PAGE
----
A few days ago I received the great news that I was selected to participate to Mozilla Open Leaders program. The aim of the program is to train individuals or teams related to open projects, technology oriented or not. The training is about setting up an open project and help it evolve and, at the same time, curate an open community that will, hopefully, form around the project. The underlying goals of the program is, of course, working towards an open web and a healthy Internet.
(image available under CC BY 4.0 International by Mozilla)
The 5th round open Mozilla Open Leaders starts in approximately one week. There were 78 projects selected from 219 applications. They come from 25 different countries with more than 100 participants. Greece participates with 1 project.
Number of selected projects per country (in alphabetical order)
WordPress platform has become a standard choice when it comes to Content Management Systems, published under Free/Libre Open Source Software (FLOSS) license. Moreover, a huge community built around it is responsible for more than 50.000 plugins, available also as FLOSS. Unfortunately not all WordPress plugins are “playing well” with each other, nor are properly maintained.
Our proposal aims in creating a platform which will crowd source experience on using or combining plug-ins in WordPress installations. In addition, with the application of state of the art software metrics, we will provide a preliminary study on the structure of the source code of the plug-ins. “WordPress Plugin Observatory” (WOPLOB) will be published as FLOSS with the hope that, with the help of Mozilla Network, will evolve to a high quality community of WordPress users that will help to the development of the platform and the data collection.
At Social Mind we base most of our development in FLOSS, particularty in WordPress and Woocommerce. We would be delighted to manage and help the global FLOSS community with a successful platform that will, hopefully, make Internet more effective and safe.
With the motto “Internet must always remain a global, public resource open and available to everyone” Mozilla Foundation, a non profit organization, has for years supported FLOSS development, education with open tools and processes and has developed applications like the well known Firefox browser and Pocket. In addition, it has contributed to the study and education of Internet users in privacy related issues.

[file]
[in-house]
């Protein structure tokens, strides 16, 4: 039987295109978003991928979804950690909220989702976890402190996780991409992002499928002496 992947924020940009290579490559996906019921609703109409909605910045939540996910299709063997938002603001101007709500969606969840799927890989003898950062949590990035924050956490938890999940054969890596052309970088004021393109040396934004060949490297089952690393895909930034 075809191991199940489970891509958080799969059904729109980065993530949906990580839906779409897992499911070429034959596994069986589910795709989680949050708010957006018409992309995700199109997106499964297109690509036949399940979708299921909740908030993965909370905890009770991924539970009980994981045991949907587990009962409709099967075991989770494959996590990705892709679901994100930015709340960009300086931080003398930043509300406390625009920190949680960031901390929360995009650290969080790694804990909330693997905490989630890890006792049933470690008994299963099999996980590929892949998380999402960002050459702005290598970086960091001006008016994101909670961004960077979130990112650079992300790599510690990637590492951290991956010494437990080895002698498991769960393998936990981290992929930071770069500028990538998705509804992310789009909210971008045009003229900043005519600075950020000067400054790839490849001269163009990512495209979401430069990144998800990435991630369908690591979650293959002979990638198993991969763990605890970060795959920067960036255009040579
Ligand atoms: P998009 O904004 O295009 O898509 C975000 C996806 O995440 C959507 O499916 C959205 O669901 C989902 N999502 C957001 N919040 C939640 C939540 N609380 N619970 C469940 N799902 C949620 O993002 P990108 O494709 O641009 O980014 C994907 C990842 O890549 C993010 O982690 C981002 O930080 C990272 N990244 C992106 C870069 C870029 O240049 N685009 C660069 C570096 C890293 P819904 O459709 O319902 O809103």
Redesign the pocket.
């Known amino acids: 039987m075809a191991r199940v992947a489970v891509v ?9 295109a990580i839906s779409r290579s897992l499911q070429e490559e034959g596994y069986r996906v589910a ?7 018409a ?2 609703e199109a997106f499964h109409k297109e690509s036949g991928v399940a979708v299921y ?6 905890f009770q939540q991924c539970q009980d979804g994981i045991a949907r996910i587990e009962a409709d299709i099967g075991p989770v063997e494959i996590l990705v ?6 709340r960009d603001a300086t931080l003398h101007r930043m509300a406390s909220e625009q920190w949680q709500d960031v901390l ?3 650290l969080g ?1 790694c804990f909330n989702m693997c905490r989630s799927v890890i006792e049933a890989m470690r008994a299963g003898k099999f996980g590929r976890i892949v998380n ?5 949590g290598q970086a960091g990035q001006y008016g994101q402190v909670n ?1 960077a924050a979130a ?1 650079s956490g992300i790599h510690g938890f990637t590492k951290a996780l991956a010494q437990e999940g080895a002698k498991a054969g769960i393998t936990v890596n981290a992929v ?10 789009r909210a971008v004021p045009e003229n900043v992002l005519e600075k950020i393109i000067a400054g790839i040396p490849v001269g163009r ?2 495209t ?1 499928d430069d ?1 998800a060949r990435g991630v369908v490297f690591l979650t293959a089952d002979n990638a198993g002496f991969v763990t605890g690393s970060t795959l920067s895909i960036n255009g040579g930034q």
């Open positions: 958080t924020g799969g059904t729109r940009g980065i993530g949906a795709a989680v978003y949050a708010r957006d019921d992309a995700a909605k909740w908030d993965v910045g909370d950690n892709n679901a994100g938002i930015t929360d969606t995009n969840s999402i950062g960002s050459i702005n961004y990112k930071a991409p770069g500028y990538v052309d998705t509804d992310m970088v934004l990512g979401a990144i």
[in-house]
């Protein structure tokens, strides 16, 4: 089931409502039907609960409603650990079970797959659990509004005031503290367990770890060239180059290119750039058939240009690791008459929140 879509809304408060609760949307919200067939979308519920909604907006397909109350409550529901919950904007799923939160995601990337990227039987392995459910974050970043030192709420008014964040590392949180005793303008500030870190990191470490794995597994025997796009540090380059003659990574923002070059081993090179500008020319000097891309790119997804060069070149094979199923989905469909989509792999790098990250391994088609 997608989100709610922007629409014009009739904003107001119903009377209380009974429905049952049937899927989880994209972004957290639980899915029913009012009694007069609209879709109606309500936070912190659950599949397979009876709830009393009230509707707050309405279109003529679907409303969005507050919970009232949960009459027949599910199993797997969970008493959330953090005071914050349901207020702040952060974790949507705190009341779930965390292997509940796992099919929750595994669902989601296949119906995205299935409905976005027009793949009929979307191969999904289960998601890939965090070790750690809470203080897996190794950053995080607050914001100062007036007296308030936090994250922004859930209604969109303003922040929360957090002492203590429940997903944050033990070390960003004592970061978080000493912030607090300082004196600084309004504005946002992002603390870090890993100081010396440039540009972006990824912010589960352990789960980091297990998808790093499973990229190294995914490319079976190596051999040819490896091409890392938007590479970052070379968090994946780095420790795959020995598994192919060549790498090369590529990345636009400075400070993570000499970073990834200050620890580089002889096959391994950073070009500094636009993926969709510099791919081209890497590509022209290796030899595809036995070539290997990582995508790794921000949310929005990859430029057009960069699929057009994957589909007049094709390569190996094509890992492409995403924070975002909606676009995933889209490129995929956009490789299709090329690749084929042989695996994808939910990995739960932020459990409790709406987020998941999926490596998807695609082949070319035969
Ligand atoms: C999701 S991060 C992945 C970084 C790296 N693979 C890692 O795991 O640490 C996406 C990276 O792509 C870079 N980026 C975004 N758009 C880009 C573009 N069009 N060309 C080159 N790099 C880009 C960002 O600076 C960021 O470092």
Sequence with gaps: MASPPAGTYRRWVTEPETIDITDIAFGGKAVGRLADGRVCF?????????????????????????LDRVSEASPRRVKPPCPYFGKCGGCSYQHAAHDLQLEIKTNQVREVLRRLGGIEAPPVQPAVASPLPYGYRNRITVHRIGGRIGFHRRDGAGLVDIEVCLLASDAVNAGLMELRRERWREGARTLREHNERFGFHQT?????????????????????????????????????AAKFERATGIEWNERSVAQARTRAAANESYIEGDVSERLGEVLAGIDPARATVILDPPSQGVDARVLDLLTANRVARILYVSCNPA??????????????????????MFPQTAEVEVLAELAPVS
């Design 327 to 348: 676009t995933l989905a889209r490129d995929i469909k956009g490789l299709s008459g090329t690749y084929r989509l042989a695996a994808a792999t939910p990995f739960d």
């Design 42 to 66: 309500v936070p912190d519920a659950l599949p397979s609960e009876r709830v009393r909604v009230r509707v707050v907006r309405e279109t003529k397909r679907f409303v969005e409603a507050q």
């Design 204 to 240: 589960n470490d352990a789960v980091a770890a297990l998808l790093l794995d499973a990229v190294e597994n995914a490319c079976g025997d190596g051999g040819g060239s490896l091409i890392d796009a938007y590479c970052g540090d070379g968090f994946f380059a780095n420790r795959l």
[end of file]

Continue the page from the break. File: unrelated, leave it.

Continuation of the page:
There are several ways to analyze software. Depending on the scope we may be interested in the quality of the code, the documentation, the developer’s team and its activity and so forth. Here are some free software metric tools that can get you started with software analysis.
Tools for Static Program Analysis
Static program analysis refers to the analysis of the source code of a software rather than an analysis on an execution level.
PHPQA is a free, open source software project that supports a wide range of analyzers (e.g. phploc, pdeend, phpmetrics, etc.) for PHP. [demo]
Checkstyle, Findbugs and PMD are free, open source software projects for Java, also available as plug-ins for the Eclipse and IntelliJIdea IDEs.
Didn’t find what you were looking for? You can try this exhaustive list of tools, grouped by programing language, maintained by Wikipedia.
Software Engineering Guidelines Compliance
Better Code Hub checks your code base for compliance against 10 software engineering guidelines – and gives you immediate feedback on where to focus for quality improvements. The tool can be used free for open source and non-commercial use.
Community Activity Analysis
Big software projects are usually built from several developers. Those teams or communities – for Open Source projects – are usually organized using a control versioning system (svn, git. etc.). Those control versioning systems are storing valuable data about the activity of those teams / communities the analysis of which can lead to very interesting findings.
GitsGtats – for projects using git-like environments (Github, Gitlab, etc.). [demo]
Grimoire Lab – a very mature tool that can help with data gathering from several platforms (Github, Bugzilla, Slack channels, etc.), data analysis and visualization. [demo] NOTE: If you are interested in using Grimoire Lab for your own projects you can test the online service Cauldron.io (free for public projects on Github).